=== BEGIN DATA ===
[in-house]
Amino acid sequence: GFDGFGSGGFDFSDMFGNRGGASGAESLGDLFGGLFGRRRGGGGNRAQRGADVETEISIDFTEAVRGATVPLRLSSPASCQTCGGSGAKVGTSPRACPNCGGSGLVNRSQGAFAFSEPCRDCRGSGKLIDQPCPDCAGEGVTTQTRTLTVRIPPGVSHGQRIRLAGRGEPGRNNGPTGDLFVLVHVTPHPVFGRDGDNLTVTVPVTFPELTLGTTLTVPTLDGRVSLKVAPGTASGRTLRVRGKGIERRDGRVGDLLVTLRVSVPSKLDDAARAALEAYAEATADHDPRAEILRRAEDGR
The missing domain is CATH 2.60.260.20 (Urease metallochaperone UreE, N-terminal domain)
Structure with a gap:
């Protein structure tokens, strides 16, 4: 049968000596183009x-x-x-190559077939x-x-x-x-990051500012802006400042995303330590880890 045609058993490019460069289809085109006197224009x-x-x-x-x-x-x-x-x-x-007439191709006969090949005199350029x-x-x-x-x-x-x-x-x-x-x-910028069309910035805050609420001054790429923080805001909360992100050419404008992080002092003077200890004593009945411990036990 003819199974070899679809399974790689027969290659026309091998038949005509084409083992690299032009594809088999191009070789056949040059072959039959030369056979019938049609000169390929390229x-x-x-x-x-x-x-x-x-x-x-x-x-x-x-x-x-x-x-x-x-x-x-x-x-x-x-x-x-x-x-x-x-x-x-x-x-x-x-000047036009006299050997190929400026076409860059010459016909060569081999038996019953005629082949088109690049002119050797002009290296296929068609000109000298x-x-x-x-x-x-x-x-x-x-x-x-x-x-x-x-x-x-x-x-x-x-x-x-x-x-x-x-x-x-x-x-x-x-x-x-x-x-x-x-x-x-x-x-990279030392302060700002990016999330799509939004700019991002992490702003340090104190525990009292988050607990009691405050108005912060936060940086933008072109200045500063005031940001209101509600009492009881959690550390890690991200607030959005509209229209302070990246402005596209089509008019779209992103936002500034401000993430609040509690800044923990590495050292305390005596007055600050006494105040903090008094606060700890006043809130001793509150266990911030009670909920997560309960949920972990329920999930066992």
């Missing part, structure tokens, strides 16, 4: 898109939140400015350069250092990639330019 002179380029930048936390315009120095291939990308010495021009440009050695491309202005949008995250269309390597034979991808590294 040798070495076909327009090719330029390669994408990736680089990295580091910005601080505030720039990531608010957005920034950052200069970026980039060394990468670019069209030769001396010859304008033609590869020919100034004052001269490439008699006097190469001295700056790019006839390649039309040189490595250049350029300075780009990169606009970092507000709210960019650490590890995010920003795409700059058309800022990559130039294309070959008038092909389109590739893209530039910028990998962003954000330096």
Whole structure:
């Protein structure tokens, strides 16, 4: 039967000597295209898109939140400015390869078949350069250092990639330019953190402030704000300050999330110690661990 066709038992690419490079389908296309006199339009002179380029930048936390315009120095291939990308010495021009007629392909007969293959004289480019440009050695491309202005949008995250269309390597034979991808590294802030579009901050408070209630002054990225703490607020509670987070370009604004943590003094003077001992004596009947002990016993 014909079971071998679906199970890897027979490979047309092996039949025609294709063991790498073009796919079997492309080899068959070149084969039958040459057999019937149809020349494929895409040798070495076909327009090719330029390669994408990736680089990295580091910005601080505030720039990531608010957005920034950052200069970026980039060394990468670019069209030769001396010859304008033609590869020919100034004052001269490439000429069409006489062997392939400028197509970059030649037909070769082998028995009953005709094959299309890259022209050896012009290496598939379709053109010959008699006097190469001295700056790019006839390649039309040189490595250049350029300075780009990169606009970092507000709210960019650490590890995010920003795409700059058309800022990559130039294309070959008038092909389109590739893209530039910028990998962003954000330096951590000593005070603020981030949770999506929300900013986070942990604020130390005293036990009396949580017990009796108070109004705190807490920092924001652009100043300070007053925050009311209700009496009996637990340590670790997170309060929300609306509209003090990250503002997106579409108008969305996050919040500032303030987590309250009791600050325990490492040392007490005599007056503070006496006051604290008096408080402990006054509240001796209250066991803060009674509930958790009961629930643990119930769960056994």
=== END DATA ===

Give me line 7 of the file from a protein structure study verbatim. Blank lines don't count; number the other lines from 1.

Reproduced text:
Whole structure: